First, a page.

Sunday, August 28, 2016

Book Review: The Bone Forest

Book Review: 'The Bone Forest' by Robert Holdstock


3 / 5 Stars

‘The Bone Forest’ (247 pp) was published by Avon Books in September 1992. The cover art is by Tom Canty.

Other than the title novelette, the stories in this collection were first published in magazines and digests over the interval from 1976 – 1989.

All of the stories deal with Holdstock’s major literary theme, one in which the religious and sociocultural foundations of the Paleolithic tribes residing in prehistoric Britain are perceptible to those modern-day individuals blessed - if that's the right word - with the proper psychic temperament. Proximity to patches of primeval woodlands – such as Mythago Wood - assists in recovering these deeply submerged ancestral memories.

My summaries of the contents:

The Bone Forest: this is a prequel to Holdstock’s 1984 novel ‘Mythago Wood.’ It is set in 1935, at Oak Lodge, the house adjacent to Ryhope Wood (the ‘Mythago Wood’ of the novel). The lead character is George Huxley, head of the household and father to two sons: Steven Huxley (the protagonist of ‘Mythago Wood’) and Christian Huxley. George Huxley has been investigating Ryhope Wood and its strange character; in so doing, he compromises the power of a woodland entity, with disturbing consequences.

Holdstock’s work often suffers from over-writing, and this novelette is particularly afflicted – the plot simply gets muddier with each succeeding chapter, and the narrative’s resolution is contrived and unconvincing. But it does stay true to the sensibility of how life was lived in the forests of ancient Britain, and in so doing will call to mind the TV show ‘Naked and Afraid’ and its sweaty, grubby, dirty, thorn-punctured, bug-bitten channeling of Paleolithic-era survival.

Thorn: in a medieval-era Welsh village, a mason named Thomas Wyatt is recruited by an ancient forest spirit, and directed to desecrate a Christian church. This tale effectively mingles horror and fantasy.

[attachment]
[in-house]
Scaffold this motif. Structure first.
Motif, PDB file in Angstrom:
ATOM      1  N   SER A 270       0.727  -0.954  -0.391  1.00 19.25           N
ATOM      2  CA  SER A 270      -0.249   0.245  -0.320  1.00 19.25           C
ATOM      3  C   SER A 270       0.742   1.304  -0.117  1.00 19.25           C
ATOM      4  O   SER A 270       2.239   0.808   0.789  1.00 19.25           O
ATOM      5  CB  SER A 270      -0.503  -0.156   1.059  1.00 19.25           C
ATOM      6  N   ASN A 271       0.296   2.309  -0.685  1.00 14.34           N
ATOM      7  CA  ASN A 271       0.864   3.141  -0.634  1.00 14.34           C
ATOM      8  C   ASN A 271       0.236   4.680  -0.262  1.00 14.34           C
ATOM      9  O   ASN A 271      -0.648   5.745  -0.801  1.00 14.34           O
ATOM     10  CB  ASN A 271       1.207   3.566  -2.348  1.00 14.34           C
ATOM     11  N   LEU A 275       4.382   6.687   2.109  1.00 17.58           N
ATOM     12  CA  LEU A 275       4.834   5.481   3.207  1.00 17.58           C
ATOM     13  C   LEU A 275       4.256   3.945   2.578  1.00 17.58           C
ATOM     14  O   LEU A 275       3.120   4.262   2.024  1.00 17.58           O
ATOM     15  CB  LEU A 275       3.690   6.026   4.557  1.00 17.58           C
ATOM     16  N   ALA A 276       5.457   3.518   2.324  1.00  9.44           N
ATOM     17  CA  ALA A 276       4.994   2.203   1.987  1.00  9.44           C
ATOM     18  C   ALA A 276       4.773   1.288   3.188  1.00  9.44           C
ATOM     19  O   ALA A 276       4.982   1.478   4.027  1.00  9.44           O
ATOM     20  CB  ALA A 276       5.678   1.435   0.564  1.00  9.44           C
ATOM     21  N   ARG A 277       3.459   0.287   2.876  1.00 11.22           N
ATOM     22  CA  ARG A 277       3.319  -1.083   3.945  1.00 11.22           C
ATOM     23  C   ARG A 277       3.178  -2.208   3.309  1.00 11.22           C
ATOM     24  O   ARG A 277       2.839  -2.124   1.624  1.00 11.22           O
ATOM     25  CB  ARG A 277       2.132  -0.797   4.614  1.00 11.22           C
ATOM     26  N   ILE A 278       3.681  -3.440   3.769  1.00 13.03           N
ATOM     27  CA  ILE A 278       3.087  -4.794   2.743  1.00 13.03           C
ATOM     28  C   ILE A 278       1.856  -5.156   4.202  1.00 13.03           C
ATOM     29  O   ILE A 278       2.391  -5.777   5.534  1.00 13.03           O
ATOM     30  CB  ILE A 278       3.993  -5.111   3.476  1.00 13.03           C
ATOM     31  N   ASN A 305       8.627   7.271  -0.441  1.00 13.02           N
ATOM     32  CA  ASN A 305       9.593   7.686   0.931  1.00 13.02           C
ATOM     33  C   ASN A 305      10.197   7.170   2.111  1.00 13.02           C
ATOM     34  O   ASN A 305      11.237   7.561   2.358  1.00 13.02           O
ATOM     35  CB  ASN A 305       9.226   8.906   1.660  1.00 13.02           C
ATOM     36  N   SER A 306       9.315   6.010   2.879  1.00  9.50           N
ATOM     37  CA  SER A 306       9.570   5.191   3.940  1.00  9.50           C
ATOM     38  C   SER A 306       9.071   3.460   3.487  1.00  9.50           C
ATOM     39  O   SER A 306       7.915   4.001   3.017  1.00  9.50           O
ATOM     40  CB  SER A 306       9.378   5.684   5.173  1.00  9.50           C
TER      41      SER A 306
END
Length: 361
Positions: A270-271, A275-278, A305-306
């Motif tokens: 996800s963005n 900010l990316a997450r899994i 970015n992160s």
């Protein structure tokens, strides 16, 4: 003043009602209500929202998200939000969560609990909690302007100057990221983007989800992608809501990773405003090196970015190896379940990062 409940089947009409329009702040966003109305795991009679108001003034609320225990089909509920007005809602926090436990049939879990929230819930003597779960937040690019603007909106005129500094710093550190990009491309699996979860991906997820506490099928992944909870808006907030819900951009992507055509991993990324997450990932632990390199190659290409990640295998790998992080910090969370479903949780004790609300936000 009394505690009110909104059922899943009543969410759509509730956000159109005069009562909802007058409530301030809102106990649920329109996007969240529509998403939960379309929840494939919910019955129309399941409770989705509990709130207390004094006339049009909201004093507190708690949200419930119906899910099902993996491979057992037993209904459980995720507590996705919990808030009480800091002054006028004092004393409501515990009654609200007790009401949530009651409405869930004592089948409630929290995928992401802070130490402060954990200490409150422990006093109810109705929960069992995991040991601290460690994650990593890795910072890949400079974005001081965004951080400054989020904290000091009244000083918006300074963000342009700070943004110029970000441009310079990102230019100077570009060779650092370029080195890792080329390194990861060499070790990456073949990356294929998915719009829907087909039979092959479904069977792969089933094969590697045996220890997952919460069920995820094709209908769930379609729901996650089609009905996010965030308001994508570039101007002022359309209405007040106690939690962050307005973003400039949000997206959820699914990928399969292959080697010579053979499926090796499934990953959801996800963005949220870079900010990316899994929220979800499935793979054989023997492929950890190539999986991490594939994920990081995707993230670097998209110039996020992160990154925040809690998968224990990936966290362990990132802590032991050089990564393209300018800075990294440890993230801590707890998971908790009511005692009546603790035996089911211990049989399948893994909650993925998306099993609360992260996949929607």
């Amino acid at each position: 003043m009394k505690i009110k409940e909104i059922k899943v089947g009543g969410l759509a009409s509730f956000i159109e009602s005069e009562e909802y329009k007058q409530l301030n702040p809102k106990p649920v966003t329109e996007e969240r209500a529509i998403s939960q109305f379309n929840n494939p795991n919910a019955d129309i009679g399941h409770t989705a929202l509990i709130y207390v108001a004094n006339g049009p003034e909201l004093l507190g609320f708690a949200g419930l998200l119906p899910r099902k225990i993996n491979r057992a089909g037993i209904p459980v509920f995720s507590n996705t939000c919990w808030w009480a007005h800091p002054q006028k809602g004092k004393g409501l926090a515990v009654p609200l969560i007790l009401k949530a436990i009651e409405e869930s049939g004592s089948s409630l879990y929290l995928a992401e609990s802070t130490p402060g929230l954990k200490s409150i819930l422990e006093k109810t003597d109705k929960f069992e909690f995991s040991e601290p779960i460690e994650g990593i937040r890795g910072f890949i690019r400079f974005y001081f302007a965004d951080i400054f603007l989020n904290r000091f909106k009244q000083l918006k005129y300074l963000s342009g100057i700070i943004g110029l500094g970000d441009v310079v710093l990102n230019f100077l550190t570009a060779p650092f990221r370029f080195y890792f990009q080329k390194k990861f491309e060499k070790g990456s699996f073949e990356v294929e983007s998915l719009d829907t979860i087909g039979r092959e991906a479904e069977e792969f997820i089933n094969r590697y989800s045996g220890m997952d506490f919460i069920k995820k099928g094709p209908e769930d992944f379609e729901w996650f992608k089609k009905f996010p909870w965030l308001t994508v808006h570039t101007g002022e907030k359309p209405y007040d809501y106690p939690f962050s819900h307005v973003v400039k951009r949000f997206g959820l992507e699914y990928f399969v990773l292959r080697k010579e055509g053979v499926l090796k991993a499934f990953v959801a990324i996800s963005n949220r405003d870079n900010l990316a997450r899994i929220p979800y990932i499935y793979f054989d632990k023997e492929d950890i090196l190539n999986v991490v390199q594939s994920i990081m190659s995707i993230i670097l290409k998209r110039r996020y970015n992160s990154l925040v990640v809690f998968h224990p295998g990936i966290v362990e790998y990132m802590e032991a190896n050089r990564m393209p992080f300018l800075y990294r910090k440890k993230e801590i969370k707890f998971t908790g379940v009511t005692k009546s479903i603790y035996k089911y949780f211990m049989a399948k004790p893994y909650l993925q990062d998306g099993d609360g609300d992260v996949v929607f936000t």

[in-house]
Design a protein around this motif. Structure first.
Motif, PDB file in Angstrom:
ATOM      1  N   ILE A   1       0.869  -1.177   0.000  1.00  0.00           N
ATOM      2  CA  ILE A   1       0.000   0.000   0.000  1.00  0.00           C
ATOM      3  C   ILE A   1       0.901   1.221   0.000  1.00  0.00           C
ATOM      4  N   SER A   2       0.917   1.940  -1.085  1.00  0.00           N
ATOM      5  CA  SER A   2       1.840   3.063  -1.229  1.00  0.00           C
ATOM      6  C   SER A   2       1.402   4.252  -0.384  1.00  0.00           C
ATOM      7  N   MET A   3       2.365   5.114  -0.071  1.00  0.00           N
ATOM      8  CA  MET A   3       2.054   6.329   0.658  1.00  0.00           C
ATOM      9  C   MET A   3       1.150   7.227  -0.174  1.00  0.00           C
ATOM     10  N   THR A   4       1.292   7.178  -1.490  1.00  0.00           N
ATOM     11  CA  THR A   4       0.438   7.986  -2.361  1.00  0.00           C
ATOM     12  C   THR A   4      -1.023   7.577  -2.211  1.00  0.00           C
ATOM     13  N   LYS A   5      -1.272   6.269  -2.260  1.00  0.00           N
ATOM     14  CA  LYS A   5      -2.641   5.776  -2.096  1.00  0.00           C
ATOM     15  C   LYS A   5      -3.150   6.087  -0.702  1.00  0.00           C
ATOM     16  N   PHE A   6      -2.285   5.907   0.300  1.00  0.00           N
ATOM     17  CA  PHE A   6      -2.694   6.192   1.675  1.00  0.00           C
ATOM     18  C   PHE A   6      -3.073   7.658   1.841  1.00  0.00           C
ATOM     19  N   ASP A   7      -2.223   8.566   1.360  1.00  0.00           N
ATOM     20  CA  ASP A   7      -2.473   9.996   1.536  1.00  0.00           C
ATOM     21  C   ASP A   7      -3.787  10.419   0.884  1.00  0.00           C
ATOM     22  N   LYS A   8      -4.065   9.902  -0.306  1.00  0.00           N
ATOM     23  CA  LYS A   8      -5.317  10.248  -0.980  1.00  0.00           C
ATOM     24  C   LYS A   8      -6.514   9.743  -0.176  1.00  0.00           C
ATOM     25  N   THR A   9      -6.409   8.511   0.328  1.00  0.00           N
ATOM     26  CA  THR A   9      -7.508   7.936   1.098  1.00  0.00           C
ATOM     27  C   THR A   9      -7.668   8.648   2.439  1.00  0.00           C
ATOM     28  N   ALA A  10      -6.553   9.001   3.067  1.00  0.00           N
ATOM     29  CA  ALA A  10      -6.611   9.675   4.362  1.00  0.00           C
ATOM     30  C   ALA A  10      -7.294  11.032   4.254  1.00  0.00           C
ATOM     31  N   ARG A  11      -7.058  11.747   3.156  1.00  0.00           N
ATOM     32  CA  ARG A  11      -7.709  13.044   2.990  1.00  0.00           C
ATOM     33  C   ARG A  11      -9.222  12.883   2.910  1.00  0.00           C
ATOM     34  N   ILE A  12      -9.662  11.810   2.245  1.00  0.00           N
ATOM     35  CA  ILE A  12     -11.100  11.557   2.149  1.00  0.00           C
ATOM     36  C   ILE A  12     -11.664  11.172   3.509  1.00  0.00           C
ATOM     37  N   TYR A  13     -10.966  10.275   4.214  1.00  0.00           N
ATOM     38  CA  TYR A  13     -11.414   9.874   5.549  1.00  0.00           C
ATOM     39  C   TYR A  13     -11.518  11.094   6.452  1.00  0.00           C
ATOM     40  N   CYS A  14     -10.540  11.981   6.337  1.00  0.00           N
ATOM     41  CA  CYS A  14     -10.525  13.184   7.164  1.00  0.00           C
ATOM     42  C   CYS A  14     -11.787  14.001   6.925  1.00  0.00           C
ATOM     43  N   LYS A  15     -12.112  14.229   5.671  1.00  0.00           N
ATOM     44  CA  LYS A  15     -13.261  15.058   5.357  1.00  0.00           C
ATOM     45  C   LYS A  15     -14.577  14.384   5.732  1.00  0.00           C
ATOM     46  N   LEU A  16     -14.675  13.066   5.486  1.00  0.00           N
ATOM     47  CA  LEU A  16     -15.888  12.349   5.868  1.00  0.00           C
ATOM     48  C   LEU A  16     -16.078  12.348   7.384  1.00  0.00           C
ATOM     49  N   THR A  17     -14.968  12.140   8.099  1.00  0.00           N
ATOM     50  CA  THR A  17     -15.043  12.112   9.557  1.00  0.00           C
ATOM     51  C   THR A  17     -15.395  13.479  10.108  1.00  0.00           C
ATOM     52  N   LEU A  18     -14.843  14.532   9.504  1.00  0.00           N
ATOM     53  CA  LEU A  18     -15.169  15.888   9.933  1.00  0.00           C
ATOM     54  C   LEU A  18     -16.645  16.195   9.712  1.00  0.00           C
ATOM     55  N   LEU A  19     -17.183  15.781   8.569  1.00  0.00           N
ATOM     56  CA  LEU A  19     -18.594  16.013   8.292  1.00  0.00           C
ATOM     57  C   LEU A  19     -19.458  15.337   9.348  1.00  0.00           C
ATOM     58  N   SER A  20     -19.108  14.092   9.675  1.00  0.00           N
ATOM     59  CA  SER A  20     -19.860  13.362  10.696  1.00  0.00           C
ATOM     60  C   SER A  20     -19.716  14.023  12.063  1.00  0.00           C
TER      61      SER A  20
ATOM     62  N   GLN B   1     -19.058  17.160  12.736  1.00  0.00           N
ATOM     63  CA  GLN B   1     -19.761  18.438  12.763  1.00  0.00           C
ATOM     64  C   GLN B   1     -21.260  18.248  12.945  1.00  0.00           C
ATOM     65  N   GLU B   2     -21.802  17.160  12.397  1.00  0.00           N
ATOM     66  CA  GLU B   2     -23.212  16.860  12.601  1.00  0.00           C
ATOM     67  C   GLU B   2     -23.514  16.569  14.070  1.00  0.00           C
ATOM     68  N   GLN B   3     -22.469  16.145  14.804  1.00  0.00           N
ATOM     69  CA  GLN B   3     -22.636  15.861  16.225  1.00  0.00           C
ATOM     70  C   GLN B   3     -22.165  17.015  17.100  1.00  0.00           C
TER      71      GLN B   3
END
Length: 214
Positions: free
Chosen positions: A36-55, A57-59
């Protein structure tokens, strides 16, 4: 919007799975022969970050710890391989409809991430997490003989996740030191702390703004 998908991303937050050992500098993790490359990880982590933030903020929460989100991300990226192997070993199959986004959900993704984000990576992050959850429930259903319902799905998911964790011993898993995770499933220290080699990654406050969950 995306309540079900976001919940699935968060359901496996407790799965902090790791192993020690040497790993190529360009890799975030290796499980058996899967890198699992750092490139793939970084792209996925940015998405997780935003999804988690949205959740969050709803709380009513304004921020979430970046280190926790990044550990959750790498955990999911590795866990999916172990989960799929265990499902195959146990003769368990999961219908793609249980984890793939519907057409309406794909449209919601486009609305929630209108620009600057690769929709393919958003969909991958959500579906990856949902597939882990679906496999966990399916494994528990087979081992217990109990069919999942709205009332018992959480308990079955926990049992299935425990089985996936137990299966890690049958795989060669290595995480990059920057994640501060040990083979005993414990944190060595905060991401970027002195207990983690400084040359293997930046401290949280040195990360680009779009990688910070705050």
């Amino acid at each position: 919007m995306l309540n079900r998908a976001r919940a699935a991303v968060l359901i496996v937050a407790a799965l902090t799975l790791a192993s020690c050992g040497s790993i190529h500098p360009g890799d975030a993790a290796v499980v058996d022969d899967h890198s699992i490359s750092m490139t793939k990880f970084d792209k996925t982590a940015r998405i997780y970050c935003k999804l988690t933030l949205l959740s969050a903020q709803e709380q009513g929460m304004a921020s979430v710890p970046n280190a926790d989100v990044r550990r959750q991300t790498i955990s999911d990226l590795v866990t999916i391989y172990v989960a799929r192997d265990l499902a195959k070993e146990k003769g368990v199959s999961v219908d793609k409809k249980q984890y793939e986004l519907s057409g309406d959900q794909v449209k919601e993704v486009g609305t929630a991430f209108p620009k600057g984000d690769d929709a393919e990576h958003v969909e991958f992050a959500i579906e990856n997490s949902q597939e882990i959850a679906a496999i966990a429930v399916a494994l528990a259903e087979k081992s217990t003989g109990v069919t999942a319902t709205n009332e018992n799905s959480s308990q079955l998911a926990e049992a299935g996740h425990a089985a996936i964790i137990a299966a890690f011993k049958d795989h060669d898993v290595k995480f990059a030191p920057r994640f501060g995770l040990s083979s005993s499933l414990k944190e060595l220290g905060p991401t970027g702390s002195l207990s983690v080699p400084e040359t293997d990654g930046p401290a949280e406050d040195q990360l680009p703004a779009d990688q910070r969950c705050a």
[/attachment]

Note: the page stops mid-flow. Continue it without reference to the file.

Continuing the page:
The Shapechanger: in a village in Britain in 731 AD, a shaman must deal with ghosts inhabiting a nearby ruin; there is a psychic connection with a young boy in modern Britain.

The Boy Who Jumped the Rapids: in prehistoric Britain, a young boy befriends a stranger who carries an enigmatic totem.

Time of the Tree: abstract tale of a man who psychically recapitulates the Post-Ice Age natural history of Britain.

Magic Man: a ‘Clan of the Cave Bear’ -style tale with an undertone of horror. One-Eye the painter discovers that the events he draws on the wall of his cave can take on a strange life of their own.

Scarrowfell: in a modern British village, preparations are underway for the yearly festival. Ginny, a young orphan, discovers some unsettling truths about the paganism that lies beneath the Christian veneer of the festival rites.

The Time Beyond Age: Martin and Yvonne are the subjects of an unusual experiment: they are to have their lifespans accelerated, and be raised in a sterile environment, to see how old humans actually can become when environmental hazards are eliminated. The premise is interesting, but the story is mainly an exploration of the psychological and emotional responses among the observing scientists, and suffers from an inconclusive ending.

Summing up, if you are a fan of Holdstock’s deliberately-paced writing style, and his focus on the exploration of ‘inner space’, then ‘The Bone Forest’ is worth getting. Those wanting less introspection and more action will probably find it unrewarding.

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